• Phil Baker, star of vaudeville, stage, and radio, appears as the director of the musical troupe, Phil Baker.
    • Benny Goodman and his orchestra perform two numbers.
  • Busby Berkeley Number: Of course! Two stand out:
    • "The Lady in the Tutti-Frutti Hat," which features, among other things, dozens of showgirls twirling around six-foot-long bananas.
    • The closing number, "The Polka-Dot Polka", which is a truly spectacular barrage of surreal imagery. Little kids in polka-dot dresses, the standard dozens of showgirls twirling neon hoops, and the even more bizarre ending in which the screen is broken up into kaleidoscope fractals before the disembodied heads of the cast sing the closing reprise.
  • Camp: Carmen Miranda became a camp icon for her absurdly over-the-top costumes, which somehow make her look like a drag queen even when she actually was a biological female. The whole film is very campy, with a lot of Large Ham acting, spectacular choreography, elaborate musical numbers, and phallic imagery.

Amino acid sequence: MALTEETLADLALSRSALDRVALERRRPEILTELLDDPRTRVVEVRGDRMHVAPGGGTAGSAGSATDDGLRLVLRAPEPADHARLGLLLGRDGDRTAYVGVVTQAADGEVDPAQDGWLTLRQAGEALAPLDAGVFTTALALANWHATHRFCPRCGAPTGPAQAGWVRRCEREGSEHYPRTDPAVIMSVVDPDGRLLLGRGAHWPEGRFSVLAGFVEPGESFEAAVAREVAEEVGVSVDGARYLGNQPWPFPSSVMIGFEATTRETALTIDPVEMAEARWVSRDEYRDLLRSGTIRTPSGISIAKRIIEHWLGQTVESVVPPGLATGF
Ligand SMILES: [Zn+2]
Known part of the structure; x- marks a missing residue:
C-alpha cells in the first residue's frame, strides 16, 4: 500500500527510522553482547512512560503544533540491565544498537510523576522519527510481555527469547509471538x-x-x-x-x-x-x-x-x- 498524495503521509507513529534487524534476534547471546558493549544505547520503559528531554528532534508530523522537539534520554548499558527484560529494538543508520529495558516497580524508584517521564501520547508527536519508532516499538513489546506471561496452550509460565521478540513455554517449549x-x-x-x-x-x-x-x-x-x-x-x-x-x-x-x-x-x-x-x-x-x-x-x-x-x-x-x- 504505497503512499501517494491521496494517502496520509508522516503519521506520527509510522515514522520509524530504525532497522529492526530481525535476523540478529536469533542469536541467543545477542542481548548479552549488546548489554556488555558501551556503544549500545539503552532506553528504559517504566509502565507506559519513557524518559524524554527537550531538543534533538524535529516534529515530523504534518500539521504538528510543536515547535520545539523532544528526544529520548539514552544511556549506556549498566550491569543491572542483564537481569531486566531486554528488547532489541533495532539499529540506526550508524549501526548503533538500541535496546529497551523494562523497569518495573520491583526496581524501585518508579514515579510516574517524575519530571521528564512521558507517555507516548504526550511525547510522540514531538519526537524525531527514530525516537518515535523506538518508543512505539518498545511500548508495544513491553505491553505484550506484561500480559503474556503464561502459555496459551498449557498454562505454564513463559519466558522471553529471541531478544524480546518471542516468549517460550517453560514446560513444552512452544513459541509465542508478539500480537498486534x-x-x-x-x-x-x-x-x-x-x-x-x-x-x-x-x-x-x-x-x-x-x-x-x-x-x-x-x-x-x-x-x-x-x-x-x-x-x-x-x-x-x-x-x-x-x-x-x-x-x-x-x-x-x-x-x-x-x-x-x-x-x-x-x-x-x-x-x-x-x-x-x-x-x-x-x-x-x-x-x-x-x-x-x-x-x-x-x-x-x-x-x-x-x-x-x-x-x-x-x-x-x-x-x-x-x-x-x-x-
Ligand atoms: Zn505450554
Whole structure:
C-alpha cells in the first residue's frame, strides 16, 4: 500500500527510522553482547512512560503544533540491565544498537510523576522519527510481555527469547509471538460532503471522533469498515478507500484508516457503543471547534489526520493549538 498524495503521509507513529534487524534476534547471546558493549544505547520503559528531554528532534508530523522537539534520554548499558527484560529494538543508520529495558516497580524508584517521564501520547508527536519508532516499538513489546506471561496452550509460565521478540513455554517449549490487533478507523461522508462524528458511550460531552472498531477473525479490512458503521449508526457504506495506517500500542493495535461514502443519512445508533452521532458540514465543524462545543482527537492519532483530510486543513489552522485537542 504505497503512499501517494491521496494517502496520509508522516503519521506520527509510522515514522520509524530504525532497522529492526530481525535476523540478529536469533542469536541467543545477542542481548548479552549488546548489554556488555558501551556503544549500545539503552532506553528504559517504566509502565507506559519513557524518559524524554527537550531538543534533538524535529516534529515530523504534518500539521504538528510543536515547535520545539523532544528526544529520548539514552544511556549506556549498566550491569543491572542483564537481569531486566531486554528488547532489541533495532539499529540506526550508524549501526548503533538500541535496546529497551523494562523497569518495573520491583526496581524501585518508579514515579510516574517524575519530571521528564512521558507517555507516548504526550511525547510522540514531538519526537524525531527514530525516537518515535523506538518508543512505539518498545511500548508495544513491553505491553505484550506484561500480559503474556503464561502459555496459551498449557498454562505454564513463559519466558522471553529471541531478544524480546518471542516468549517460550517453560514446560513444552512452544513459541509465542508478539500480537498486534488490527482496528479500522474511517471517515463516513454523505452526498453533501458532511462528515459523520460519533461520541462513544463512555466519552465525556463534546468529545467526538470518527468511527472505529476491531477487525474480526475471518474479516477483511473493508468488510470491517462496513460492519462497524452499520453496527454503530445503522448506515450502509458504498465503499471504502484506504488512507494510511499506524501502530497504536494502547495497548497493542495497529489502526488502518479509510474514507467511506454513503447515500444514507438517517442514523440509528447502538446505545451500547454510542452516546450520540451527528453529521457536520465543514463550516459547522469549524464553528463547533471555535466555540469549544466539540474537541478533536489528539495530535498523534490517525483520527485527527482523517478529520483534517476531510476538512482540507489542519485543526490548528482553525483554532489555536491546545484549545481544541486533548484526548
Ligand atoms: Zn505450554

• Celebrity Paradox: Andy is putting the moves on Eadie when she says "Stop acting like Don Ameche and get me a taxi." Don Ameche, of course, was Alice Faye's costar in In Old Chicago and Alexander's Ragtime Band.
  • Epic Tracking Shot: The film begins with a daring tracking shot lasting over three minutes, starting with a ship mooring at a dock, pulling back to reveal Carmen Miranda and the fact that the show is actually a show, then swooping back into the audience to reveal more singers and chorus girls including Alice Faye as Eadie, before going back to Dorita on stage.
  • Excuse Plot: As with most Berkeley movies, the Love Triangle story is really just a reason to justify having a bunch of musical numbers. Notably, we don't even see Eadie's reconciliation with Andy at the end.
  • Face Framed in Shadow: The movie opens with a man singing "Brazil", in total darkness, the only thing visible being the right side of his face lit by an off-frame spotlight.